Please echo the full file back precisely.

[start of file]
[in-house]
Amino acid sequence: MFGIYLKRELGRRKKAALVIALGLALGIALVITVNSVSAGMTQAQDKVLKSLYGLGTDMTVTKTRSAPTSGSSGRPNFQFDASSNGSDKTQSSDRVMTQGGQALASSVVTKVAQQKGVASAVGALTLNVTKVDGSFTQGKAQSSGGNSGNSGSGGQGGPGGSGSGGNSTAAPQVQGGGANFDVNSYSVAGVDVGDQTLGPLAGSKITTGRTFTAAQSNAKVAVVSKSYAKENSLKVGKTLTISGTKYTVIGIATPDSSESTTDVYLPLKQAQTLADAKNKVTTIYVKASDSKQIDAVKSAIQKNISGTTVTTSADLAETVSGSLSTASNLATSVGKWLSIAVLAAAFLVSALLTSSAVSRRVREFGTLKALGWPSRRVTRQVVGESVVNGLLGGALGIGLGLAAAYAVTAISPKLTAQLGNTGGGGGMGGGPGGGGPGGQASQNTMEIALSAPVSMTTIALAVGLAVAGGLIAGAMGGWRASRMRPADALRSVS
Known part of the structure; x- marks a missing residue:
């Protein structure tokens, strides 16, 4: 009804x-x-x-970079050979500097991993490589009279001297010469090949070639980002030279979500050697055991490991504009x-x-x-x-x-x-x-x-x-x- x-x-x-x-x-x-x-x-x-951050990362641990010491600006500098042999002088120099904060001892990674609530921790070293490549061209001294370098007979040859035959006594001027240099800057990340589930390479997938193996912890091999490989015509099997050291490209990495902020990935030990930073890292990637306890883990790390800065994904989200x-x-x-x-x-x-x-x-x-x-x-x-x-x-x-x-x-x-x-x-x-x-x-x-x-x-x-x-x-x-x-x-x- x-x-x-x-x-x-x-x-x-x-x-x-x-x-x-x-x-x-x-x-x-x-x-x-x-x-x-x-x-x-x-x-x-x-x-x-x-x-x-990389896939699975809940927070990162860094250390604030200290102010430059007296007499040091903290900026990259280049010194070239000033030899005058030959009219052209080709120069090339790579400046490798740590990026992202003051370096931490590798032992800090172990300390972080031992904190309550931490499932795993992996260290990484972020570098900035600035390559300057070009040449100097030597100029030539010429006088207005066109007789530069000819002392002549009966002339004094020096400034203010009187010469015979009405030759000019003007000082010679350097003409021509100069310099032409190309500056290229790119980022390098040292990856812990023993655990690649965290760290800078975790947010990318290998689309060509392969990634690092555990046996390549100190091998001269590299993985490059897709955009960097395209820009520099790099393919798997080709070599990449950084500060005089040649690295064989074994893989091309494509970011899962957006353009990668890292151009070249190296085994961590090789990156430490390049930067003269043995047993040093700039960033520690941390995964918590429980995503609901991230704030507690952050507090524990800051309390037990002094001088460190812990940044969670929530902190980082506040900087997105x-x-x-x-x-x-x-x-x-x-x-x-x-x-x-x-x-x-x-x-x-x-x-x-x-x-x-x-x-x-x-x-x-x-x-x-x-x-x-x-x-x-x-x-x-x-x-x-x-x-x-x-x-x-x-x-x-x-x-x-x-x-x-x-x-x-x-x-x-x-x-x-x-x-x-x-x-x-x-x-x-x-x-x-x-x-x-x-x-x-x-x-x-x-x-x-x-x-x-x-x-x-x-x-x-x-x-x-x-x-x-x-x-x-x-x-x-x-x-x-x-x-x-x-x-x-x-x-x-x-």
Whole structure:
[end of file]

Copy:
[in-house]
Amino acid sequence: MFGIYLKRELGRRKKAALVIALGLALGIALVITVNSVSAGMTQAQDKVLKSLYGLGTDMTVTKTRSAPTSGSSGRPNFQFDASSNGSDKTQSSDRVMTQGGQALASSVVTKVAQQKGVASAVGALTLNVTKVDGSFTQGKAQSSGGNSGNSGSGGQGGPGGSGSGGNSTAAPQVQGGGANFDVNSYSVAGVDVGDQTLGPLAGSKITTGRTFTAAQSNAKVAVVSKSYAKENSLKVGKTLTISGTKYTVIGIATPDSSESTTDVYLPLKQAQTLADAKNKVTTIYVKASDSKQIDAVKSAIQKNISGTTVTTSADLAETVSGSLSTASNLATSVGKWLSIAVLAAAFLVSALLTSSAVSRRVREFGTLKALGWPSRRVTRQVVGESVVNGLLGGALGIGLGLAAAYAVTAISPKLTAQLGNTGGGGGMGGGPGGGGPGGQASQNTMEIALSAPVSMTTIALAVGLAVAGGLIAGAMGGWRASRMRPADALRSVS
Known part of the structure; x- marks a missing residue:
């Protein structure tokens, strides 16, 4: 009804x-x-x-970079050979500097991993490589009279001297010469090949070639980002030279979500050697055991490991504009x-x-x-x-x-x-x-x-x-x- x-x-x-x-x-x-x-x-x-951050990362641990010491600006500098042999002088120099904060001892990674609530921790070293490549061209001294370098007979040859035959006594001027240099800057990340589930390479997938193996912890091999490989015509099997050291490209990495902020990935030990930073890292990637306890883990790390800065994904989200x-x-x-x-x-x-x-x-x-x-x-x-x-x-x-x-x-x-x-x-x-x-x-x-x-x-x-x-x-x-x-x-x- x-x-x-x-x-x-x-x-x-x-x-x-x-x-x-x-x-x-x-x-x-x-x-x-x-x-x-x-x-x-x-x-x-x-x-x-x-x-x-990389896939699975809940927070990162860094250390604030200290102010430059007296007499040091903290900026990259280049010194070239000033030899005058030959009219052209080709120069090339790579400046490798740590990026992202003051370096931490590798032992800090172990300390972080031992904190309550931490499932795993992996260290990484972020570098900035600035390559300057070009040449100097030597100029030539010429006088207005066109007789530069000819002392002549009966002339004094020096400034203010009187010469015979009405030759000019003007000082010679350097003409021509100069310099032409190309500056290229790119980022390098040292990856812990023993655990690649965290760290800078975790947010990318290998689309060509392969990634690092555990046996390549100190091998001269590299993985490059897709955009960097395209820009520099790099393919798997080709070599990449950084500060005089040649690295064989074994893989091309494509970011899962957006353009990668890292151009070249190296085994961590090789990156430490390049930067003269043995047993040093700039960033520690941390995964918590429980995503609901991230704030507690952050507090524990800051309390037990002094001088460190812990940044969670929530902190980082506040900087997105x-x-x-x-x-x-x-x-x-x-x-x-x-x-x-x-x-x-x-x-x-x-x-x-x-x-x-x-x-x-x-x-x-x-x-x-x-x-x-x-x-x-x-x-x-x-x-x-x-x-x-x-x-x-x-x-x-x-x-x-x-x-x-x-x-x-x-x-x-x-x-x-x-x-x-x-x-x-x-x-x-x-x-x-x-x-x-x-x-x-x-x-x-x-x-x-x-x-x-x-x-x-x-x-x-x-x-x-x-x-x-x-x-x-x-x-x-x-x-x-x-x-x-x-x-x-x-x-x-x-």
Whole structure: